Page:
TAPPER: One of the reasons that human rights groups are upset about the announcement today is, many of them believed, based on a couple statements the president had made, that the president was looking — then senator, now president — was looking forward to a system where detainees would be tried either through the Uniform Code of Military Justice or through U.S. courts. And there are a couple statements the president made, and I’m wondering if you could just reconcile what he said.
In August ’07: "I have faith in America’s courts. I have faith in our JAGs. As president, I’ll close Guantanamo, reject the Military Commissions Act, adhere to the Geneva Conventions. Our Constitution and our Uniform Code of Military Justice provide a framework for dealing with the terrorists."
And then, in August (2008), your campaign issued a statement responding to the Hamdan conviction, the key line being, "It’s time to better protect the American people and our values by bringing swift and sure justice to terrorists through our courts and through our Uniform Code of Military Justice" — no mention of the military commissions.
Now, I understand he supported McCain-Graham-Warner back in ’06, but how do you reconcile these statements with the military commissions? They make no mention of them.
GIBBS: Well, look, the underlying — the underlying issues in each of those statements affording — first, affording for swift and certain justice, as well as sufficient detainee protection that the Supreme Court has now rendered, have to be a part of any military commission is embedded in the exact suggestions that the president is filing today with the court, ensuring that — I mean, you know, the — the court ruled — the court ruled last year that significant protection had to be afforded for the first time to detainees in order for something like this to be constitutional, and those are the changes that the president sought.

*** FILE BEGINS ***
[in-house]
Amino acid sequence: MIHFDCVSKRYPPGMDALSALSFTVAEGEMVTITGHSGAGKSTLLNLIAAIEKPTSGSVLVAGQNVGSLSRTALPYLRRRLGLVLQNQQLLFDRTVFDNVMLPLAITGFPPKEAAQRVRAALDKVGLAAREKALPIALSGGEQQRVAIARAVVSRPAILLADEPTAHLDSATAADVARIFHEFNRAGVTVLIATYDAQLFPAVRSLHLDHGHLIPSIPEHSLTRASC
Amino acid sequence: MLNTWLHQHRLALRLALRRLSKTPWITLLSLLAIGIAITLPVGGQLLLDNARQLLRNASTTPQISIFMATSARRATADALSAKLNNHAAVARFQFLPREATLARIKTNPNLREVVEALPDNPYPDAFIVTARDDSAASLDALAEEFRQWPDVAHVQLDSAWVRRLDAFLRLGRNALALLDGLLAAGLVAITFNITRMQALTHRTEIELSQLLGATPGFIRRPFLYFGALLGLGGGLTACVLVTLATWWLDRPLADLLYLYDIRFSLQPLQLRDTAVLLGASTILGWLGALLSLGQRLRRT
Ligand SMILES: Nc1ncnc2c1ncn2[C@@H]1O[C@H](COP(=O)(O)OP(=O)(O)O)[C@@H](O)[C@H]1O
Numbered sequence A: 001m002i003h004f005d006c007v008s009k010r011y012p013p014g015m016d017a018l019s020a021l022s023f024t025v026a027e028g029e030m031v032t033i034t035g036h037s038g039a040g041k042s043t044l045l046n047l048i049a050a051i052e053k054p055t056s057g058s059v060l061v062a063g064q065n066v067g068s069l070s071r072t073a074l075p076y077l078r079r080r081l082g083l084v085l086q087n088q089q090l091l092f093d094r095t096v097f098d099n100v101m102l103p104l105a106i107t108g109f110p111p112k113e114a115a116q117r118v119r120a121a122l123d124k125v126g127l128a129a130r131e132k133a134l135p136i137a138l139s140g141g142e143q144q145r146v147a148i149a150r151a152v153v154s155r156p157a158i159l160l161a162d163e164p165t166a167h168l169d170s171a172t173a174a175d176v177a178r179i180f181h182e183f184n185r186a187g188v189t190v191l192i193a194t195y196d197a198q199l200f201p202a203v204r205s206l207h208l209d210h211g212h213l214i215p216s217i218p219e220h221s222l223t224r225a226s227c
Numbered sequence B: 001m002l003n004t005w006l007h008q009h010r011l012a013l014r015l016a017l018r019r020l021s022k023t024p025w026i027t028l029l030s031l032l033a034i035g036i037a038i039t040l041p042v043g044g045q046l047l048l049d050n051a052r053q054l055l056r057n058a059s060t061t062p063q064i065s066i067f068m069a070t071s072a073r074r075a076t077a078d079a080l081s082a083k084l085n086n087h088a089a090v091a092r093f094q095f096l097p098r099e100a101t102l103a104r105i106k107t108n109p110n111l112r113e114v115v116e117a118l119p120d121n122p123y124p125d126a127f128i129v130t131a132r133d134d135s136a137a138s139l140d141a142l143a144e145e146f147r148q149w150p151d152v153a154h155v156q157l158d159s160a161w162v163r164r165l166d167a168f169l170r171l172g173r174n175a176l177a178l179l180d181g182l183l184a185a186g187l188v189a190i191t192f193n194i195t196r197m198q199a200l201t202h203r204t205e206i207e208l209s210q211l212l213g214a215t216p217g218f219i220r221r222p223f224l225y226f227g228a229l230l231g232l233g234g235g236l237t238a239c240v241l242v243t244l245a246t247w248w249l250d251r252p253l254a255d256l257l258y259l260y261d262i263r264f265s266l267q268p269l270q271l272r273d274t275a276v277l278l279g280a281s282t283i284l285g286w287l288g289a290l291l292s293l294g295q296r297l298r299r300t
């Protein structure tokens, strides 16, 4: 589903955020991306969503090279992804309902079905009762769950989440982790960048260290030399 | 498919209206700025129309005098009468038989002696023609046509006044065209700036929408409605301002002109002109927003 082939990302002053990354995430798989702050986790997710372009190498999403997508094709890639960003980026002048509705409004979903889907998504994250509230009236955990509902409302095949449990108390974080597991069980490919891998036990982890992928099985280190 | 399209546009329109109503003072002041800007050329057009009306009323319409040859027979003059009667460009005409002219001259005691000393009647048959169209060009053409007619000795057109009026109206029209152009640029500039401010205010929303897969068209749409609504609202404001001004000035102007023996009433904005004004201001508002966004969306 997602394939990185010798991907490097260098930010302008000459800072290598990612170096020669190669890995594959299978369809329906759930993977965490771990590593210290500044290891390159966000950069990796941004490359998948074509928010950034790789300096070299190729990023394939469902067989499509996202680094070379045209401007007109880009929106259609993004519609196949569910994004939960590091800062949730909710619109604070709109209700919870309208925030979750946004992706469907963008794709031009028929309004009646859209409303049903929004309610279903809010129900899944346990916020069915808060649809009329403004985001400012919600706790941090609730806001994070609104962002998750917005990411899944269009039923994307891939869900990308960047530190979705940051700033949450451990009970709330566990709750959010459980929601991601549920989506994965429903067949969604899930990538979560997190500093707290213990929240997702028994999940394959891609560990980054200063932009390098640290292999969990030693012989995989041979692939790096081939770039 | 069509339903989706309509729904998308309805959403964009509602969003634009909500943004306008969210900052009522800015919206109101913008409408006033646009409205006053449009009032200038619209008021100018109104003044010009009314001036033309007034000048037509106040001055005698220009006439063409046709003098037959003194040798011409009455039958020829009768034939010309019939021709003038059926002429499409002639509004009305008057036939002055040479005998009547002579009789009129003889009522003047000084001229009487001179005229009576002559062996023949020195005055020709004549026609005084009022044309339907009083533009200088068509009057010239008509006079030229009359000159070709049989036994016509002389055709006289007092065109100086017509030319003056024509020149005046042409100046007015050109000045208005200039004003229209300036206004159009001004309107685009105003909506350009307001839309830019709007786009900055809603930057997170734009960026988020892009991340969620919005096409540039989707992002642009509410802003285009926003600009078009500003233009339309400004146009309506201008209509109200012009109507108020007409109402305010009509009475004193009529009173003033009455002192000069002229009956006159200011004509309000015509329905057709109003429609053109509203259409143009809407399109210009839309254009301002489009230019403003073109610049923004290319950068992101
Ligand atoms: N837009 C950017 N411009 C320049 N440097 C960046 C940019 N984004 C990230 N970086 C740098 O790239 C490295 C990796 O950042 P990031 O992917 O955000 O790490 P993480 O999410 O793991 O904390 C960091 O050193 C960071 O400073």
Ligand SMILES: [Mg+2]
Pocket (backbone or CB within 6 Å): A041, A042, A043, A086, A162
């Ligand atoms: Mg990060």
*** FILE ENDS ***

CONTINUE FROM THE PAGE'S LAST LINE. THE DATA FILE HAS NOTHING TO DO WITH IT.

You know, again, I think if you go back and look at his statements and understand the role that military commissions have played in the history of the United States, the president believes that in dealing with certain detainees at Guantanamo Bay that this is an appropriate avenue. Obviously, we will also use in some instances Article 3 courts in order to ensure the certainty of justice that the president spoke about.
TAPPER: But, I’m sorry, just a follow-up. I mean, are these just two statements where, if you could go back, you would just add the term "military commission" and it was just — they were just — they were just vague, because…
GIBBS: No, I — I — I think that — I think, if you look back at all these statements, the president has been — has been consistent in his views on this issue and been consistent on what was lacking in order to ensure justice, in order to ensure protection, and most of all to ensure that this process goes forward with and — and doesn’t see repeated legal stalls in going through the court system. I mean, again, the — the notion of — of military commissions in a larger sense is something that’s been with us now for almost eight years. I think some 442 detainees resided at Guantanamo when the president took office.
Obviously, at certain points, there have been even more. I mean, exactly three cases have gone through this system in those almost intervening eight years. I don’t think this is a system that works in any way, shape or form for the American people.